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Chico State’s investigation of embattled professor found to adhere to existing policies, report reveals
An independent investigation has determined that Chico State University followed proper procedures in handling the sex investigation involving suspended professor David Stachura. The investigation also found that the university did not inform faculty and students about Stachura’s alleged threats of gun violence on campus.
The university released a 20-page report by San Diego lawyer Nancy Aeling on Monday. This comes nearly a year after initial reports of Stachura’s inappropriate sexual relationship with a student and his alleged threats towards colleagues who cooperated in the investigation. Despite these allegations, Stachura was named the university’s Outstanding Professor for the 2020-21 school year.
“The university acted in accordance with policy by not notifying the Chico State community of Stachura’s alleged threats of violence,” wrote Aeling. Stachura’s estranged wife testified that he had expressed his intent to kill two professors involved in the investigation. Additionally, a biology lecturer testified that Stachura had spoken to her about committing a shooting in the biology department.
Aeling did not respond to a request for comment.
The report did not criticize the university’s Campus Violence Consultation Team, which recommended that Stachura be allowed to return to campus after investigating the threats. The team did not find that he posed a threat of violence.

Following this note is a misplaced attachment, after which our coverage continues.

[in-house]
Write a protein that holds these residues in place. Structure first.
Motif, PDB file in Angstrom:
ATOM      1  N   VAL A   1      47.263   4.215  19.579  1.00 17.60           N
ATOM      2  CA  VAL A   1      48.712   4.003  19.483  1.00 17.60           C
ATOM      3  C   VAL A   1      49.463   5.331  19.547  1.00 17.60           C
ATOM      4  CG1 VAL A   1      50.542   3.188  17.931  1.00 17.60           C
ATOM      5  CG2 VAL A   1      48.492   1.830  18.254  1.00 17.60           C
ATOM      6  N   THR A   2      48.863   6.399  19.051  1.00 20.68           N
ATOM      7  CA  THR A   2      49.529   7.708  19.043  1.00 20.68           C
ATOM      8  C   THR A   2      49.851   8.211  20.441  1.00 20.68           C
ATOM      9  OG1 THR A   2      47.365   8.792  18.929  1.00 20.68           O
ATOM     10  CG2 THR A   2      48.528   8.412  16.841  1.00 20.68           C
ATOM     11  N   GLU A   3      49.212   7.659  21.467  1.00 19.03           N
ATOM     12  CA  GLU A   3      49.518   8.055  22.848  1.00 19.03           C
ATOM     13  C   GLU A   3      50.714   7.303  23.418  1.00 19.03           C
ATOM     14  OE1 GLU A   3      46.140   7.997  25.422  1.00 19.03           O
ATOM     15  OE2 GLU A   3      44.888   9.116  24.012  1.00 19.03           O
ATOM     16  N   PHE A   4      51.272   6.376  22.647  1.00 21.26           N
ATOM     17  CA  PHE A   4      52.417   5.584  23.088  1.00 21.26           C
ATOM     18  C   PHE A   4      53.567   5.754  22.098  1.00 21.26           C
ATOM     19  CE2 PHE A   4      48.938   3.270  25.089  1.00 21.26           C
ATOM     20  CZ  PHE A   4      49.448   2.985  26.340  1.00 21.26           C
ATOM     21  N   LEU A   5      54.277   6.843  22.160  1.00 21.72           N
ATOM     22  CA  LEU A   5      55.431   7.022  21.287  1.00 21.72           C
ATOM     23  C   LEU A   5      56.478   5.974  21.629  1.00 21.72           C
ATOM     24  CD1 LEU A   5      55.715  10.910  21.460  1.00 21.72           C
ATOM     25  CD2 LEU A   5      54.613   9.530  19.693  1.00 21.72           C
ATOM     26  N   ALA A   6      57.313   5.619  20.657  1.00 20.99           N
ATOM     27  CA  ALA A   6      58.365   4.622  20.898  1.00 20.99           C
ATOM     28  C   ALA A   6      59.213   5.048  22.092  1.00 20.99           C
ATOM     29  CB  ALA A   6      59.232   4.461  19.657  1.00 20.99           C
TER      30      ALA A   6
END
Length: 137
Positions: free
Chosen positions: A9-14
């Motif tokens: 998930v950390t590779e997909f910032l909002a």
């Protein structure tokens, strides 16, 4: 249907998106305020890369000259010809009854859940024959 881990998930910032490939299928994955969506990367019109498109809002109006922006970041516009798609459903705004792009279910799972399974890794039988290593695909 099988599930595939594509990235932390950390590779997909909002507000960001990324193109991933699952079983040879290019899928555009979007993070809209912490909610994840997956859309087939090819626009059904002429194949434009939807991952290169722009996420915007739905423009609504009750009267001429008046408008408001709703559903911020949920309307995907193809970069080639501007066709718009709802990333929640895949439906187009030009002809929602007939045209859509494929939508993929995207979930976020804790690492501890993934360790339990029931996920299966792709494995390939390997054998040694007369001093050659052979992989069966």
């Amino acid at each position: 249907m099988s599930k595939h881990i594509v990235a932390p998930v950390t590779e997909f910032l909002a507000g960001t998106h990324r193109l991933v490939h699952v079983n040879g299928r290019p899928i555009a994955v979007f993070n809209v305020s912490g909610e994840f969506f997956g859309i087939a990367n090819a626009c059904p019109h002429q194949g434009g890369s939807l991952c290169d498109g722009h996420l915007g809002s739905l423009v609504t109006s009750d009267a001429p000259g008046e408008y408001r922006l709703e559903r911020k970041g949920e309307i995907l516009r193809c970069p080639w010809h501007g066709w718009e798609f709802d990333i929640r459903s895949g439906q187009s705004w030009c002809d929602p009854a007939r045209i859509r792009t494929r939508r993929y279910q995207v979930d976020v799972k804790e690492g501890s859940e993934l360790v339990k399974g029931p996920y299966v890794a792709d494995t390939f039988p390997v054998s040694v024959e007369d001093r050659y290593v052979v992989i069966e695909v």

Chico State Police Chief Christopher Nicodemus, a member of the team, testified that he disagreed with the team’s findings. In a court proceeding resulting in a three-year workplace violence restraining order against Stachura, Nicodemus stated that there were concerns about Stachura’s behavior.
Nicodemus emphasized the importance of caution when assessing threats, stating, “It’s safer to err on the side of caution.” He added that it would have been preferable to have wrongly terminated Stachura than to live with the consequences of a violent event.
In her report, Aeling clarified that she did not evaluate the appropriateness of Stachura’s actions or the responses of his colleagues. The report focused on determining whether the responses were reasonable and consistent with the governing policies and procedures. No policy recommendations were made.
A faculty union officer, Lindsay Briggs, criticized the report for not holding anyone accountable. She expressed disappointment over the lack of action and support for survivors of violence in the workplace.
Gordon Wolfe, a professor who provided court records regarding Stachura’s threat to kill witnesses, claimed that he was contacted by Chico State for an interview with Aeling but never received follow-up communication.
Stachura remains on administrative leave as the university completes its investigation into the alleged threats. He was recently ordered to pay over $64,000 in legal fees after an unsuccessful libel lawsuit against a lecturer. His lawyer did not provide a comment on Aeling’s report.
In a statement, Chico State President Stephen Perez acknowledged the thoroughness of the investigation and expressed gratitude for the opportunity to improve practices going forward.
The report indicated that former Chico State President Gayle Hutchinson considered both the sex case against Stachura and the alleged threats when approving his promotion to full professor in 2021. Hutchinson praised Stachura for his contributions to teaching, service, and research. Hutchinson retired in June and was unavailable for immediate comment.